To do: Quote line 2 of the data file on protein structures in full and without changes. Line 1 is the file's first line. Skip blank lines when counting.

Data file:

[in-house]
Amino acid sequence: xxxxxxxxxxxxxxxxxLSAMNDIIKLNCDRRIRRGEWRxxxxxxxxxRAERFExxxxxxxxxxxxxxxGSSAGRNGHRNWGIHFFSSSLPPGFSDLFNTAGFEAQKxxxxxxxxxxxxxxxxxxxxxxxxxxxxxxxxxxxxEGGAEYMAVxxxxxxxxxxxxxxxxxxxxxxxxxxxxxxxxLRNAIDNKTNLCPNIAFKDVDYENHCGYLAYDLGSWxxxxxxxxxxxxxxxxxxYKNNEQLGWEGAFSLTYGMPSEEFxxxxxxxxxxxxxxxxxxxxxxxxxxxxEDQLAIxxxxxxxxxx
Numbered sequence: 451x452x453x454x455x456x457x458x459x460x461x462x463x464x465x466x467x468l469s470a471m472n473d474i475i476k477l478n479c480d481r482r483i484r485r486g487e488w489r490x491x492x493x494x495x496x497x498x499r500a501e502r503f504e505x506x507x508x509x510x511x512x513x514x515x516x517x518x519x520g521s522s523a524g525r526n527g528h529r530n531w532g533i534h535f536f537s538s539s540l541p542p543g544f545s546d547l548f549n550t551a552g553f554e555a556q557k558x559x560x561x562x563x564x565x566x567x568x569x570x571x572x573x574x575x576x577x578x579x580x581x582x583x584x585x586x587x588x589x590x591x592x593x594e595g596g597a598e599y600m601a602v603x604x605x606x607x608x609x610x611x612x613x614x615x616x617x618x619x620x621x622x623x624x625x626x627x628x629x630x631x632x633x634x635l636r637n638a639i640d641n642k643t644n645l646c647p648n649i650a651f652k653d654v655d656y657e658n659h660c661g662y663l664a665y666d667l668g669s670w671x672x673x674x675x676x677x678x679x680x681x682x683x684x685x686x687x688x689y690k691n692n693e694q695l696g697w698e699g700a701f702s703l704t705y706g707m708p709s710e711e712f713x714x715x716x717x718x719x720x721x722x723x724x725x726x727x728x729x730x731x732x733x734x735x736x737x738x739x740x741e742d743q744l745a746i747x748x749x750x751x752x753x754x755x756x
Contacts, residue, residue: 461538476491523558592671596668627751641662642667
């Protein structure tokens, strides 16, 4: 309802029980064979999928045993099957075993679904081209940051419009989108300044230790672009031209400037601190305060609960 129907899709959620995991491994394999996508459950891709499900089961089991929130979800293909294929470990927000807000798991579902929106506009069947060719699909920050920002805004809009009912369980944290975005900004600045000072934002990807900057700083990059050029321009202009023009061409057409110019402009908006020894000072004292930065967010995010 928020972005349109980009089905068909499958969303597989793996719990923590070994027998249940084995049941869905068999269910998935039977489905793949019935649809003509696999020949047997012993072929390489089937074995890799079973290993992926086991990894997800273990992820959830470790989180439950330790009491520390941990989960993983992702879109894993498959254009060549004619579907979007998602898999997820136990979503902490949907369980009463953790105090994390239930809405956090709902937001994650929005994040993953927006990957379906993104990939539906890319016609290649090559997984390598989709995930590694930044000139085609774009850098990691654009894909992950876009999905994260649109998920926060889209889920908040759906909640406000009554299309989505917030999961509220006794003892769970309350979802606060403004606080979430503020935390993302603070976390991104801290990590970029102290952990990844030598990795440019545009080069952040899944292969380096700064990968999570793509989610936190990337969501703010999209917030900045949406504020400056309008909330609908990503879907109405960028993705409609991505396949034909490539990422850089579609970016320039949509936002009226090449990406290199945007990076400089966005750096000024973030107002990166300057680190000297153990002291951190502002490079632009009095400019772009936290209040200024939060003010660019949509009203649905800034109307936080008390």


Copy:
Amino acid sequence: xxxxxxxxxxxxxxxxxLSAMNDIIKLNCDRRIRRGEWRxxxxxxxxxRAERFExxxxxxxxxxxxxxxGSSAGRNGHRNWGIHFFSSSLPPGFSDLFNTAGFEAQKxxxxxxxxxxxxxxxxxxxxxxxxxxxxxxxxxxxxEGGAEYMAVxxxxxxxxxxxxxxxxxxxxxxxxxxxxxxxxLRNAIDNKTNLCPNIAFKDVDYENHCGYLAYDLGSWxxxxxxxxxxxxxxxxxxYKNNEQLGWEGAFSLTYGMPSEEFxxxxxxxxxxxxxxxxxxxxxxxxxxxxEDQLAIxxxxxxxxxx